When I look back at my developer career in the last 10 years, going from Junior to Senior level, to mentoring over 200+ developers helping them get to the next level…
And if I only had 10 minutes to share with you everything I learned…
I would boil it down to 5 core principles.
Five lessons that will dramatically accelerate your growth as a developer to the next level. Keep on reading because in this article I will give you 10 years of experience wrapped up in a few minutes.
Let’s start with number one…
Here is a hard pill to swallow for most developers: despite all the magic tips and tricks you’ve been sold, a successful developer career is not built in a few days, weeks, or months.
It is built in years, even decades.
Reaching the top in any field, from sports to art, to software development will take you around a decade. That is 10 years, give or take assuming you do everything correctly (which most people don’t).
Most Software Developers don’t have that kind of long-term thinking when planning their careers. They just go with the flow.
Their careers are a series of ups and downs.
They either work 80 hours a week, trying to do everything at once and get burned out, or quit.
Or they do nothing and are stuck at the same level for years.
Their job might be average. Average is comfortable. So instead of doing something to change their situation, they get distracted.
They waste time binge-watching Netflix or get addicted to video games. Soon they find themselves stuck, with outdated skills or even worse, unemployed.
First 5 years of my career as a developer I suffered from the same vicious cycle.
I always when I would get my sh**t together. Wake up on time, learn something new daily, and improve my skills.
And times when I would crush and burn.
I would spend my weekends demotivated eating Cheetos looking for cheap dopamine shots. Like the latest RPG video game to sink my time into or a Netflix series to re-watch.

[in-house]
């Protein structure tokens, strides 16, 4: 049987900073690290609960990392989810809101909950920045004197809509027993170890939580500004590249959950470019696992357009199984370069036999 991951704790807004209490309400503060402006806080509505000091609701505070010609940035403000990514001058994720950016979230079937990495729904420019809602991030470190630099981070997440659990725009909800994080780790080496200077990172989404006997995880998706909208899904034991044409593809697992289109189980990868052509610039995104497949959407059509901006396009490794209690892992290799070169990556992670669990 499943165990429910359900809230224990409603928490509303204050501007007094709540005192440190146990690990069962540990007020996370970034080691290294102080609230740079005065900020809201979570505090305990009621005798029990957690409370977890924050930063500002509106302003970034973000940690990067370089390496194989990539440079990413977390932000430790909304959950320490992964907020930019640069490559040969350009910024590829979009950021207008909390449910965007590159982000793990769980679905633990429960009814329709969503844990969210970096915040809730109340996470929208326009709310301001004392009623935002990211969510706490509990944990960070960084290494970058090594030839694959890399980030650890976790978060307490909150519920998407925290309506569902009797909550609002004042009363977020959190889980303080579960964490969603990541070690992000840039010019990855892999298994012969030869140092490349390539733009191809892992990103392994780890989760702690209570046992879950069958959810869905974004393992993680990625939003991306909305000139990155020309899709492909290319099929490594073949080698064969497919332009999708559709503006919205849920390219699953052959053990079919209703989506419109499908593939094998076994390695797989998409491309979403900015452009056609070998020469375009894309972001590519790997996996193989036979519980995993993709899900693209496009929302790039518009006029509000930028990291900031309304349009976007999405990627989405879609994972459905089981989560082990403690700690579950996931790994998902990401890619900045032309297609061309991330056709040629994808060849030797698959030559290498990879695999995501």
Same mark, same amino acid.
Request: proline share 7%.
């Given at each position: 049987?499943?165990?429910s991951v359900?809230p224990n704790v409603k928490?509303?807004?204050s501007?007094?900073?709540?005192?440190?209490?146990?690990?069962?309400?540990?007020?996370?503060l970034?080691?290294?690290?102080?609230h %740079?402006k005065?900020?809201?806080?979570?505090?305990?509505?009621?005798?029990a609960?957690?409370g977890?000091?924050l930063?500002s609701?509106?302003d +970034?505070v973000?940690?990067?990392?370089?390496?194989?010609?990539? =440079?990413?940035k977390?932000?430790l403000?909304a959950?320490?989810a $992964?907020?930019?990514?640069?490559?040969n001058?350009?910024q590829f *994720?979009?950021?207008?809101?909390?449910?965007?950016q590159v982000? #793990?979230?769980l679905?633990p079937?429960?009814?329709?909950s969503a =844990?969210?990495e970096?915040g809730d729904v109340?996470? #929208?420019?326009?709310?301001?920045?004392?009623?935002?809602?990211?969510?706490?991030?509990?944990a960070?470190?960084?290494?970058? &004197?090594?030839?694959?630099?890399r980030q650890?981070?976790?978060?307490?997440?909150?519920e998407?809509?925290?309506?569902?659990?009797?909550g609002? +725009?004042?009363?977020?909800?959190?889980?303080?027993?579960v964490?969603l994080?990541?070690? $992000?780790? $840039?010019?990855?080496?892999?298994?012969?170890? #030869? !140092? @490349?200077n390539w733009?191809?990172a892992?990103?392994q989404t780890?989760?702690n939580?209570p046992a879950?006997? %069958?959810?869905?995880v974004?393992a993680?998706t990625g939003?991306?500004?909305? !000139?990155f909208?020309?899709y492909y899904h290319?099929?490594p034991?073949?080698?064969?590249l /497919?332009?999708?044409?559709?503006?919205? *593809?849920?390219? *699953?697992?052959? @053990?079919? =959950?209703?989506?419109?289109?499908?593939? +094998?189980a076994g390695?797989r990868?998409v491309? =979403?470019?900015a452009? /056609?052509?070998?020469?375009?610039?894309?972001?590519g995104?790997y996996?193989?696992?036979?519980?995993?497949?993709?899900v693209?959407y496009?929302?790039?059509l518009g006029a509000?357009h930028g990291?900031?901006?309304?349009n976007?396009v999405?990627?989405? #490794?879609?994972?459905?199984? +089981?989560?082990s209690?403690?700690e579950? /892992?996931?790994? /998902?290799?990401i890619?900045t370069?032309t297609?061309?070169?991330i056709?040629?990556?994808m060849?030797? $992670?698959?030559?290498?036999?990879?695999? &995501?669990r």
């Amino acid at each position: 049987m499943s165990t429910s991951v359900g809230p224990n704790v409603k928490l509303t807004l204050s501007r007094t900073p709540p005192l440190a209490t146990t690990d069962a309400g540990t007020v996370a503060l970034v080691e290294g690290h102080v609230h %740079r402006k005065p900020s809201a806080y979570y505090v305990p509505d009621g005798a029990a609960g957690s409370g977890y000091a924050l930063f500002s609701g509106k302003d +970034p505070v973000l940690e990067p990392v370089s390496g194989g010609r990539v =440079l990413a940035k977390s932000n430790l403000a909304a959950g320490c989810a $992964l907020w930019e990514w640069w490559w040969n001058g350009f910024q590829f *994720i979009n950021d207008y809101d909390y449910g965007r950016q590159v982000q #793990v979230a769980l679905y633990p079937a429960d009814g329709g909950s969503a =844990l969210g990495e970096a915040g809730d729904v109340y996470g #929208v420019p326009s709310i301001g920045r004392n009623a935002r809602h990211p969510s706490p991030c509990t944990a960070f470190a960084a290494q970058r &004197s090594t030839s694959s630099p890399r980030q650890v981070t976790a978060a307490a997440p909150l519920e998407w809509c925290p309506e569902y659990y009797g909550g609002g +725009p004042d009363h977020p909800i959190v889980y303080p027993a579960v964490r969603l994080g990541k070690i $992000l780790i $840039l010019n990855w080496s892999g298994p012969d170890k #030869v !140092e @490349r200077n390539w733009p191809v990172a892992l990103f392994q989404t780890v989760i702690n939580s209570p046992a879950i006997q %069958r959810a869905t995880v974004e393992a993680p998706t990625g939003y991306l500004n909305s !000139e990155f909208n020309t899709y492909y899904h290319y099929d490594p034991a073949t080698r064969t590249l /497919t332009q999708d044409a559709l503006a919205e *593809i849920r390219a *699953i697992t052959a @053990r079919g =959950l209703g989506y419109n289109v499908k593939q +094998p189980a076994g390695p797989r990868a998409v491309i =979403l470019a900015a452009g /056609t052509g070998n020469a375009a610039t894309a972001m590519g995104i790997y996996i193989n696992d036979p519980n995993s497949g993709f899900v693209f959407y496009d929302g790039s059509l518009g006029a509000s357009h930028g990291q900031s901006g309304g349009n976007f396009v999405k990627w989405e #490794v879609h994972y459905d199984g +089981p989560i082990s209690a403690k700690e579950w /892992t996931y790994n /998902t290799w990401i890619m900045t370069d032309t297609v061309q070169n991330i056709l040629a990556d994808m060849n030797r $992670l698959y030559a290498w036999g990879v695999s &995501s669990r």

There is a problem with this vicious cycle.
The ups are awesome. But the downs are awful. Because they put everything at risk. If you burn out or your health is suffering, you risk quitting being a developer altogether.
Senior Developers look for consistency over speed.
Because when you manage the downsides, the upsides will come. Steady effort towards a goal beats inconsistency every single time. Small steps every day accumulate to a huge advantage down the road.
In my first years working as a developer, I expected others to do things for me. I expected my boss to promote me. I expected my company to pay for training.
And when it wouldn’t happen I would blame everything but me
Oh, this company is such a shitty place to work for. Oh, my boss is so incompetent. He can’t even see the value I bring to the table.
Or, I would play the victim.
It’s because they don’t like me. It’s because I don’t have a CS degree. It is because I don’t speak the language/ I am an immigrant. Indeed, the world is not a perfect place. In fact, it can be very unfair.
But, no matter how hard you have it, falling into the victim culture won’t improve your condition.
It will give you an excuse and consolation. But, in the long term, it will disempower you.
Because when you focus on the things you cannot change (like your background), you just give away all your power to change your situation.
Taking responsibility for your life gives you the power to change it.
Telling yourself “Where I am in life right now, is all my doing” is something very hard to do. You can easily fall into blaming yourself. But this is not about blaming yourself.
It is about accepting that you have the power to change your circumstances. And you have no choice because no one is coming to save you.
In my case, instead of complaining about how I am underpaid and some other developer had it easier, I started thinking okay, what can I do to change that?
Can I switch jobs?
Can I learn some new skills?
I thought about solutions and execution. I went to conferences. I got mentors. I invested time and money in training. And I stopped comparing myself with anyone.
My life changed 360 degrees when I started looking at myself for solutions.
It is much easier to blame someone else for your life troubles. Taking ownership of one’s situation is one of the best things you can do for your career.
🚨P.S. Are you looking to fast-track to the Senior level with quality resources, feedback, and accountability? Click here to join our Free Community - The Senior Dev Academy. 🚨